Output

{0: 'O',
1: 'B-PER',
3: 'B-ORG',
5: 'B-LOC',
7: 'B-MISC',
9: 'B-NCHUNK',
11: 'B-TIME',
13: 'B-PLACE',
2: 'I-PER',
4: 'I-ORG',
6: 'I-LOC',
8: 'I-MISC',
10: 'I-NCHUNK',
12: 'I-TIME',
14: 'I-PLACE'}

From now on, by convention, we use tags for the original 7 classes in id2tag and labels for the 15 classes in id2label.

Data format

Let’s load the datasets and look at some lines of the training set.

Output

{'tags': [{'end': 32, 'start': 19, 'tag': 'PER'},
{'end': 32, 'start': 6, 'tag': 'NCHUNK'},
{'end': 152, 'start': 143, 'tag': 'NCHUNK'},
{'end': 225, 'start': 211, 'tag': 'NCHUNK'},
{'end': 79, 'start': 45, 'tag': 'NCHUNK'}],
'id': 'train_253',
'text': "Selon l'ethnologue Maurice Duval, « dire que ce mouvement de la gauche radicale est « une secte », ce n'est pas argumenter légitimement contre ses idées, mais c'est suggérer qu'il est malfaisant, malsain et que sa disparition serait souhaitable »."}

The “tags” field of each item is a list of spans together with their offsets (starting and end position in the sentence) and tags (the class). To see that these spans can be overlapped, let’s print some examples

Output

Selon l'ethnologue Maurice Duval, « dire que ce mouvement de la gauche radicale est « une secte », ce n'est pas argumenter légitimement contre ses idées, mais c'est suggérer qu'il est malfaisant, malsain et que sa disparition serait souhaitable ».
PER - Maurice Duval
NCHUNK - l'ethnologue Maurice Duval
NCHUNK - ses idées
NCHUNK - sa disparition
NCHUNK - ce mouvement de la gauche radicale
Adolescent, il joue de la basse dans un groupe de surf music, commence à composer et s'intéresse aux œuvres de musique contemporaine de compositeurs comme Charles Ives, Karlheinz Stockhausen, Mauricio Kagel, ou encore John Cage.
PER - Charles Ives
PER - Karlheinz Stockhausen
PER - Mauricio Kagel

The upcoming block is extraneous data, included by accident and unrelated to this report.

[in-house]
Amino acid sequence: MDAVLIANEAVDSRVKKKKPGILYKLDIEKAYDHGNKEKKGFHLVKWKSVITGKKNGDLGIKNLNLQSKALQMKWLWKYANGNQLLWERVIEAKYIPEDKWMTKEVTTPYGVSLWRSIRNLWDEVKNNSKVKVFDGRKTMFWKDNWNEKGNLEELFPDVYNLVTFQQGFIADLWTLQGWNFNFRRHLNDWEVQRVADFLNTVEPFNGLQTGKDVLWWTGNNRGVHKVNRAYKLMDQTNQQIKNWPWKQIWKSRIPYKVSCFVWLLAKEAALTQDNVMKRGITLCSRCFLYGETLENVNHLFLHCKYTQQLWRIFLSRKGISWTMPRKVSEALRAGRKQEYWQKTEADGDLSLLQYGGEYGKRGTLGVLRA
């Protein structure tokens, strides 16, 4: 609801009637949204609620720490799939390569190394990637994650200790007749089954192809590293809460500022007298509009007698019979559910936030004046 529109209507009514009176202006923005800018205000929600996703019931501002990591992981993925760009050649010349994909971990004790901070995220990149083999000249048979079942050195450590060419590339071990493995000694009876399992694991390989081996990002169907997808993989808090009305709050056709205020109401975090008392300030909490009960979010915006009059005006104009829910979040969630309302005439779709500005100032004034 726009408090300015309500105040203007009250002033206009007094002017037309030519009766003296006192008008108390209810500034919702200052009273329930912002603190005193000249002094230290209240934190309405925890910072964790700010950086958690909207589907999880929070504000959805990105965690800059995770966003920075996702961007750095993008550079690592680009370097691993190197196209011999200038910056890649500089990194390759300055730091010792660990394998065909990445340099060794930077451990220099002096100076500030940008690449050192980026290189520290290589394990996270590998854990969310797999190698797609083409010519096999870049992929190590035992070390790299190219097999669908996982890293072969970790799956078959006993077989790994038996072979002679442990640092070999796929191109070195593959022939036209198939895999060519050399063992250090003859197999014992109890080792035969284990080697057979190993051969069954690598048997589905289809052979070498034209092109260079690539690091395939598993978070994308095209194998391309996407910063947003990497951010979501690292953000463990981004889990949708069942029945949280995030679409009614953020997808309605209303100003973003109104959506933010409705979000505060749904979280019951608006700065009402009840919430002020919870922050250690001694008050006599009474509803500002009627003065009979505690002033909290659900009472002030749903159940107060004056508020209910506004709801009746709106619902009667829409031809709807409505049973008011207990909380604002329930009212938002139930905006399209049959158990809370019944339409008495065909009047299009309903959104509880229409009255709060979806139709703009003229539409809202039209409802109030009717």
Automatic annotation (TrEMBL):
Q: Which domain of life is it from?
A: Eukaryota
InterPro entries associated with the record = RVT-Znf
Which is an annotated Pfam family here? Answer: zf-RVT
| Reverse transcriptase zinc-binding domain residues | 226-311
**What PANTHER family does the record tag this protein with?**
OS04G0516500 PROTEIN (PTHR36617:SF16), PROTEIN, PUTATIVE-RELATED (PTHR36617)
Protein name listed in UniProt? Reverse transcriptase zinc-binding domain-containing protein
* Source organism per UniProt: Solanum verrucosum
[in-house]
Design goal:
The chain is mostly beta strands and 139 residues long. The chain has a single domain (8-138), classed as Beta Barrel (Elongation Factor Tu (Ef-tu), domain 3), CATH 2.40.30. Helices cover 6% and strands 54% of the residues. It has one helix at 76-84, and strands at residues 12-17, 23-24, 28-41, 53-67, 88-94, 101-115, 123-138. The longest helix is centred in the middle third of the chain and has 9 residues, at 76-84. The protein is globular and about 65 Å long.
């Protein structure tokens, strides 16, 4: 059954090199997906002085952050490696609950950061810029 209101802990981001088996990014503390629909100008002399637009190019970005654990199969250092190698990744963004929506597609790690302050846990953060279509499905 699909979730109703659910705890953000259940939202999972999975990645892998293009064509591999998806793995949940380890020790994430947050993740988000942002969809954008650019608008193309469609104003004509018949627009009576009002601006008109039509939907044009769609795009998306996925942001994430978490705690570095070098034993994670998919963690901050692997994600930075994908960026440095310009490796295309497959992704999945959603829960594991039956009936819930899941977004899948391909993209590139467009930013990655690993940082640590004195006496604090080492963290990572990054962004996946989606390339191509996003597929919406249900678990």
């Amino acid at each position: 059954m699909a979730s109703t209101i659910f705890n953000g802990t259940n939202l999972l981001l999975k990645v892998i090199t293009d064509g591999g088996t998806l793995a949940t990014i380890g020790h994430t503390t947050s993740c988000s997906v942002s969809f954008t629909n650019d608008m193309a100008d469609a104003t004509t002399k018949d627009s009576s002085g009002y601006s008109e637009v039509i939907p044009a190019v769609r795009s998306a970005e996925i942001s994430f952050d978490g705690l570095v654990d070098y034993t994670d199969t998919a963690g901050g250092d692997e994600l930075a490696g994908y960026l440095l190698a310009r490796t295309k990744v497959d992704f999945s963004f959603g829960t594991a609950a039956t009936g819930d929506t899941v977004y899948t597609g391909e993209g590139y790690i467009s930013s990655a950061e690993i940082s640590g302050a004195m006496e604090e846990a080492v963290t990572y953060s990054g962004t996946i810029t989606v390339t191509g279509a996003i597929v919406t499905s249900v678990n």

PER - John Cage
NCHUNK - un groupe de surf music
NCHUNK - œuvres de musique contemporaine de compositeurs comme Charles Ives, Karlheinz Stockhausen, Mauricio Kagel, ou encore John Cage
Metacritic ", qui détermine une moyenne pondérée entre 0 et 100 basée sur les critiques populaires, a donné un score moyen de 50 % pour le film, basé sur 40 critiques.
MISC - Metacritic
NCHUNK - une moyenne pondérée entre 0 et 100
NCHUNK - les critiques populaires
NCHUNK - un score moyen de 50 %
NCHUNK - 40 critiques

We see in the first example that the PER span “Maurice Duval” and NCHUNK span “l’ethnologue Maurice Duval” overlap.

3. Data Processing — Tokenization

The input format, called “offset” give us the start-end positions of each span and its associated tag. Modelled as a multilabel classification at the token level, we need to convert this format into “iob” format to assign each token to its tags (or labels). We will use French tokenizers like FlauBERT or CamemBERT.

In this tutorial, our datasets are in “offset“ format, so we prefer CamemBERT as it provides the fast version CamembertTokenizerFast which can return offset mappings of every token in the sentence. To see the difference between a slow tokenizer like FlauBERT and a fast tokenizer like CamemBERT, you can try in a terminal:

So, as return_offsets_mapping is a very useful feature for us to map a span’s label into tokens’ labels, let’s use CamemBERT. We tokenize the dataset:

(The utility function get_token_role_in_span here will be used in the main converter function tokenize_and_adjust_labels)

Now apply the mapping

Look at an example

If we look at an example like tokenized_train_ds[0], we see a field labels is present, which is 0–1 encoded of the tags associated with each token.

sample = tokenized_train_ds[0]
sample["labels"]

Output

[[0, 0, 0, 0, 0, 0, 0, 0, 0, 0, 0, 0, 0, 0, 0],
[0, 0, 0, 0, 0, 0, 0, 0, 0, 0, 0, 0, 0, 0, 0],
[0, 0, 0, 0, 0, 0, 0, 0, 0, 1, 0, 0, 0, 0, 0],
[0, 0, 0, 0, 0, 0, 0, 0, 0, 0, 1, 0, 0, 0, 0],
[0, 0, 0, 0, 0, 0, 0, 0, 0, 0, 1, 0, 0, 0, 0],
[0, 0, 0, 0, 0, 0, 0, 0, 0, 0, 1, 0, 0, 0, 0],
[0, 1, 0, 0, 0, 0, 0, 0, 0, 0, 1, 0, 0, 0, 0],
...
[0, 0, 0, 0, 0, 0, 0, 0, 0, 0, 0, 0, 0, 0, 0],
[0, 0, 0, 0, 0, 0, 0, 0, 0, 0, 0, 0, 0, 0, 0]]

The 0–1 format above is hard to follow, let’s decode it a bit to see if everything went well.

Output

--------Token---------|--------Labels----------
<s> | []
Selon | []
l | ['B-NCHUNK']
' | ['I-NCHUNK']
ethno | ['I-NCHUNK']
logue | ['I-NCHUNK']
Maurice | ['B-PER', 'I-NCHUNK']
Duval | ['I-PER', 'I-NCHUNK']
, | []
« | []
dire | []
que | []
ce | ['B-NCHUNK']
mouvement | ['I-NCHUNK']
de | ['I-NCHUNK']
la | ['I-NCHUNK']